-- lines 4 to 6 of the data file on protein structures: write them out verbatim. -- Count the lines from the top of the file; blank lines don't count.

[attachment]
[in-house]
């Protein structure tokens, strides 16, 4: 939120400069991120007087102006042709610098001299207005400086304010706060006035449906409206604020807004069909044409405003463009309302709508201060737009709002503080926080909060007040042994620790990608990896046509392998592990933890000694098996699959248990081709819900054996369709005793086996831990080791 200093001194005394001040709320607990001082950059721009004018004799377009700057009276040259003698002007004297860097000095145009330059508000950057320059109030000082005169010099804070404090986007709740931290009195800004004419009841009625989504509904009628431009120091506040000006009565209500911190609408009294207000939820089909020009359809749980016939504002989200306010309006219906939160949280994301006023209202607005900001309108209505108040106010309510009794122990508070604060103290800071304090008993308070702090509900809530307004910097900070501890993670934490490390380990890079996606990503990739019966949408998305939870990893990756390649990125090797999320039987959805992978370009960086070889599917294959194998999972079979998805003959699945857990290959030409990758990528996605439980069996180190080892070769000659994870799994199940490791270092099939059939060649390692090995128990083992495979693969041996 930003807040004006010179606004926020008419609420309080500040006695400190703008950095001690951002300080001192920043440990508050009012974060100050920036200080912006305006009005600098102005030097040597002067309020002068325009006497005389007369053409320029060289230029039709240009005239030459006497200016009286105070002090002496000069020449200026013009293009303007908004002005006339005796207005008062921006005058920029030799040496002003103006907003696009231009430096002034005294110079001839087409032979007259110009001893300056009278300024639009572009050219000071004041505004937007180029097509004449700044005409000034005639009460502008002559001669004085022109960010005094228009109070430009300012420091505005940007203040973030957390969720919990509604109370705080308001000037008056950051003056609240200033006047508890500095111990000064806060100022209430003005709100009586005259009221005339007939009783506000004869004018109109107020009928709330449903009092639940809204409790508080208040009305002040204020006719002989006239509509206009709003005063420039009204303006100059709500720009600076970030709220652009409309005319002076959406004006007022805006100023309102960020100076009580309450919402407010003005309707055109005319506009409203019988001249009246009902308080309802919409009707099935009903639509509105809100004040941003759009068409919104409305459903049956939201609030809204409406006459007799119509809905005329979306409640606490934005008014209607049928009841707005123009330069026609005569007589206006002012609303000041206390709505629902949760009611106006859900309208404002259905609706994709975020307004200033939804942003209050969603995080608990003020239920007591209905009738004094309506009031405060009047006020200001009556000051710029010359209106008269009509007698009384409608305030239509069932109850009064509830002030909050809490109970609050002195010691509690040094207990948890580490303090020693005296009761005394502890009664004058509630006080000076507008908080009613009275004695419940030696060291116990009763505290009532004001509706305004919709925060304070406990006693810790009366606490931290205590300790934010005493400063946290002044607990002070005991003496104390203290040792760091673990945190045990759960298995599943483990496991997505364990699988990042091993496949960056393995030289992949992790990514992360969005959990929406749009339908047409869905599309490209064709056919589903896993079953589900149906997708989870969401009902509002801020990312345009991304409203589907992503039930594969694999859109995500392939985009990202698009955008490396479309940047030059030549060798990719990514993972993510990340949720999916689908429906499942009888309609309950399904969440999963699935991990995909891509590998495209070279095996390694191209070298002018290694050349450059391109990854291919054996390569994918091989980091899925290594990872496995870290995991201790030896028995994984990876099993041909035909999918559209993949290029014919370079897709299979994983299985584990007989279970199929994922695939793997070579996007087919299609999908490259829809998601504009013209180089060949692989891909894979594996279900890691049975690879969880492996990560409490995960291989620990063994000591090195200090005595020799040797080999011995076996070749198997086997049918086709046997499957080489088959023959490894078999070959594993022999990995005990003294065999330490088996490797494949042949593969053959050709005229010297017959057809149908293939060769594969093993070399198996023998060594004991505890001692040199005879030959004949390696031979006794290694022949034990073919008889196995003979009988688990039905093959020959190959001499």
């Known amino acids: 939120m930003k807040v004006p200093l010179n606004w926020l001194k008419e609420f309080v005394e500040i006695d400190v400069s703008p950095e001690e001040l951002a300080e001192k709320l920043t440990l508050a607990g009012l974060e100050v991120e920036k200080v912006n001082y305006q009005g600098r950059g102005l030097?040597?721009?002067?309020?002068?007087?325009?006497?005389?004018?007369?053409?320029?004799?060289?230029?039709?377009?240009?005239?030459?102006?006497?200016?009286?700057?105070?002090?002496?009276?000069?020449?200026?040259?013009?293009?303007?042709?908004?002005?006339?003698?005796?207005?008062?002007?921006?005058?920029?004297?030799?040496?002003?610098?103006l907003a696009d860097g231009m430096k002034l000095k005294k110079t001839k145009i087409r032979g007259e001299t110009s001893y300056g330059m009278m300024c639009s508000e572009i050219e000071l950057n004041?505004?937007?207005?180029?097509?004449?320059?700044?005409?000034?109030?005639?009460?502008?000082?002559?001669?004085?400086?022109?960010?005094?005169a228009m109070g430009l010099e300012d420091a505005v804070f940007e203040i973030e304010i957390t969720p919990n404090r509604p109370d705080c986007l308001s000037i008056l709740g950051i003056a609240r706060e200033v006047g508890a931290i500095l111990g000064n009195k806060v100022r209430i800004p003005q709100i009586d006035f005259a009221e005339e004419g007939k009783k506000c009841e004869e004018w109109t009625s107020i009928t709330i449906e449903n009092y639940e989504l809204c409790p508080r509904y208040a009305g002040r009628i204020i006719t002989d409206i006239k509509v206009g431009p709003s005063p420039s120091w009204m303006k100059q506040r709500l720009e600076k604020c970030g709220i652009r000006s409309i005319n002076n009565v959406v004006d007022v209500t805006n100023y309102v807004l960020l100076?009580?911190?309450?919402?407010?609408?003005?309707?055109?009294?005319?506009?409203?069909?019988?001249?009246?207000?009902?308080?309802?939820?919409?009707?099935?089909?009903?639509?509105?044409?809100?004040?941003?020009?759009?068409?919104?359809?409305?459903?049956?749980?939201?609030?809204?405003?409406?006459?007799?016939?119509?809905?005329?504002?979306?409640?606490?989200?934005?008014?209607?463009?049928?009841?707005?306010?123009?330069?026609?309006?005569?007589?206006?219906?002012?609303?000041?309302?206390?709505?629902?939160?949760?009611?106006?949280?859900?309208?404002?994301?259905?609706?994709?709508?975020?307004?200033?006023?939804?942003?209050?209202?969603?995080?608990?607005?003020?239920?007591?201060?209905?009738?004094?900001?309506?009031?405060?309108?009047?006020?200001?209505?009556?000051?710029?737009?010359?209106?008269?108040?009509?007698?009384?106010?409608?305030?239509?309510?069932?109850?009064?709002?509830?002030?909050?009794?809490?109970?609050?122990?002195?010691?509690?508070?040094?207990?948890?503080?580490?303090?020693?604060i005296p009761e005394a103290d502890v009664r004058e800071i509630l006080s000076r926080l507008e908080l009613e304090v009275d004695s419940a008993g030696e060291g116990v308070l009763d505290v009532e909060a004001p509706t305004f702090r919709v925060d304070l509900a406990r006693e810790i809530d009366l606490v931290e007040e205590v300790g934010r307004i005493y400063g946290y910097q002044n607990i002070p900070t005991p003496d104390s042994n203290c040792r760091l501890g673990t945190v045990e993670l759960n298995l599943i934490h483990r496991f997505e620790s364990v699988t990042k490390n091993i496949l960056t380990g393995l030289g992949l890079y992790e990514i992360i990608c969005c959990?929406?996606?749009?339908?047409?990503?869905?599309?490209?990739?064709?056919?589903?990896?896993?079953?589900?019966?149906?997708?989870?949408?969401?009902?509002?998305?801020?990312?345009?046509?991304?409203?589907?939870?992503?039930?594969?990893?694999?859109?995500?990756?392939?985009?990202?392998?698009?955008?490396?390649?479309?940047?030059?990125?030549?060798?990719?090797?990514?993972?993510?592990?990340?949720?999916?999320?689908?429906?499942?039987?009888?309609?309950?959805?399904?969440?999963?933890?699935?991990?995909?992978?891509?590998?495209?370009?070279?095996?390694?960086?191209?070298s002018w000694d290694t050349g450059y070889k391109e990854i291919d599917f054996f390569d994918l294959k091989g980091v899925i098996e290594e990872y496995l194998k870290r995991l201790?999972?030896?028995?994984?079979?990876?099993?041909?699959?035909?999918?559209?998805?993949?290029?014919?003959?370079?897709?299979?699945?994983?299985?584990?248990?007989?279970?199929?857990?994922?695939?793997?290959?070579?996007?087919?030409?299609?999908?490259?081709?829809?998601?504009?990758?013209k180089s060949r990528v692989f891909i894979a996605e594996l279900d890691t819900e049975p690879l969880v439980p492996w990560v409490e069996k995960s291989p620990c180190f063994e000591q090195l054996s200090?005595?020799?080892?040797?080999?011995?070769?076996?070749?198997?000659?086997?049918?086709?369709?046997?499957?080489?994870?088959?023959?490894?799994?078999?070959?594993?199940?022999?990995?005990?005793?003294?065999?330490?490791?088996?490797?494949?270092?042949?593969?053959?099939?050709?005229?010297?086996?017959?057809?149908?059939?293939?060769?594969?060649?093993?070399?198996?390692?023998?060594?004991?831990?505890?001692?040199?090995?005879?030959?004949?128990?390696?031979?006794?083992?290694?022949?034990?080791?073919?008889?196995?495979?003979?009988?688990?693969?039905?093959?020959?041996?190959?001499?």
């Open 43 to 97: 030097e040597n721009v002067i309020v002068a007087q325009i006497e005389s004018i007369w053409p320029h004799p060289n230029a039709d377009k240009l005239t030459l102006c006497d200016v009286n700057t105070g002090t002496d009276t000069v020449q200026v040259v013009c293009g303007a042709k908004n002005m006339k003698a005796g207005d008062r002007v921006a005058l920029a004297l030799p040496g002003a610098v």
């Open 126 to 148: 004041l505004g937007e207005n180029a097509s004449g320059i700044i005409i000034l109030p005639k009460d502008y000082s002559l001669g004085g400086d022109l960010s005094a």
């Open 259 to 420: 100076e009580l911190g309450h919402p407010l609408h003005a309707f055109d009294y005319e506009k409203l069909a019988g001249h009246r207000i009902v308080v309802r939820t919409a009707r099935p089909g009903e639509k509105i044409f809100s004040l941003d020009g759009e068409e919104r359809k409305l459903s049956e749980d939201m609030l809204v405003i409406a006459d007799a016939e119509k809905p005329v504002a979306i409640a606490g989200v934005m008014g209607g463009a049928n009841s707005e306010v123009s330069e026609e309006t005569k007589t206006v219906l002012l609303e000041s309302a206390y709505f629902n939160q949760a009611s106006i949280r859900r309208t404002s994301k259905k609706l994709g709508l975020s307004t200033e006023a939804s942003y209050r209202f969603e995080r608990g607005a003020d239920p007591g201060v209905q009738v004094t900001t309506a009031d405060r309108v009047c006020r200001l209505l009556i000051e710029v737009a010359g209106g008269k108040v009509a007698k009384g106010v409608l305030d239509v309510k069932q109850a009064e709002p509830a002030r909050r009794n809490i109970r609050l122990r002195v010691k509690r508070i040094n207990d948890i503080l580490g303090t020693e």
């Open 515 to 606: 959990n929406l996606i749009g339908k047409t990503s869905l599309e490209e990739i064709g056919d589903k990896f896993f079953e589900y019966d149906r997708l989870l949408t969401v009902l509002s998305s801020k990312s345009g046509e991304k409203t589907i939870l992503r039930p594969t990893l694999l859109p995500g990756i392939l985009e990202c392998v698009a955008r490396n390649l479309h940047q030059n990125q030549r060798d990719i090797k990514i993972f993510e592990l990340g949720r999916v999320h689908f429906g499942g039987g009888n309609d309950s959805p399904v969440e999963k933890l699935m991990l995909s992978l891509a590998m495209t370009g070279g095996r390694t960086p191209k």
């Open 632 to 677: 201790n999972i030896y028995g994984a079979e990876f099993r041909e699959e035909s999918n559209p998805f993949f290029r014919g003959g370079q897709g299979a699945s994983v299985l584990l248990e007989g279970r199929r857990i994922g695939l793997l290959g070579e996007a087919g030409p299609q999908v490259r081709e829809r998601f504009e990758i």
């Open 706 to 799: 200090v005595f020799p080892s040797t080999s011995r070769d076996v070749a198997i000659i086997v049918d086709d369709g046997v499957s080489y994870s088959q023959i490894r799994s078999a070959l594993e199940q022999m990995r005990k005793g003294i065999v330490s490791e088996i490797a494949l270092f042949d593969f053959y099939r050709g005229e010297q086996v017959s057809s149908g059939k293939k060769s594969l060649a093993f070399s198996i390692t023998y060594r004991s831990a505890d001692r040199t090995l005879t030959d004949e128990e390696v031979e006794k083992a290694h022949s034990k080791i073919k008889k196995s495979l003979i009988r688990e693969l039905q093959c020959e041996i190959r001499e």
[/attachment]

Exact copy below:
């Open 43 to 97: 030097e040597n721009v002067i309020v002068a007087q325009i006497e005389s004018i007369w053409p320029h004799p060289n230029a039709d377009k240009l005239t030459l102006c006497d200016v009286n700057t105070g002090t002496d009276t000069v020449q200026v040259v013009c293009g303007a042709k908004n002005m006339k003698a005796g207005d008062r002007v921006a005058l920029a004297l030799p040496g002003a610098v």
């Open 126 to 148: 004041l505004g937007e207005n180029a097509s004449g320059i700044i005409i000034l109030p005639k009460d502008y000082s002559l001669g004085g400086d022109l960010s005094a």
């Open 259 to 420: 100076e009580l911190g309450h919402p407010l609408h003005a309707f055109d009294y005319e506009k409203l069909a019988g001249h009246r207000i009902v308080v309802r939820t919409a009707r099935p089909g009903e639509k509105i044409f809100s004040l941003d020009g759009e068409e919104r359809k409305l459903s049956e749980d939201m609030l809204v405003i409406a006459d007799a016939e119509k809905p005329v504002a979306i409640a606490g989200v934005m008014g209607g463009a049928n009841s707005e306010v123009s330069e026609e309006t005569k007589t206006v219906l002012l609303e000041s309302a206390y709505f629902n939160q949760a009611s106006i949280r859900r309208t404002s994301k259905k609706l994709g709508l975020s307004t200033e006023a939804s942003y209050r209202f969603e995080r608990g607005a003020d239920p007591g201060v209905q009738v004094t900001t309506a009031d405060r309108v009047c006020r200001l209505l009556i000051e710029v737009a010359g209106g008269k108040v009509a007698k009384g106010v409608l305030d239509v309510k069932q109850a009064e709002p509830a002030r909050r009794n809490i109970r609050l122990r002195v010691k509690r508070i040094n207990d948890i503080l580490g303090t020693e």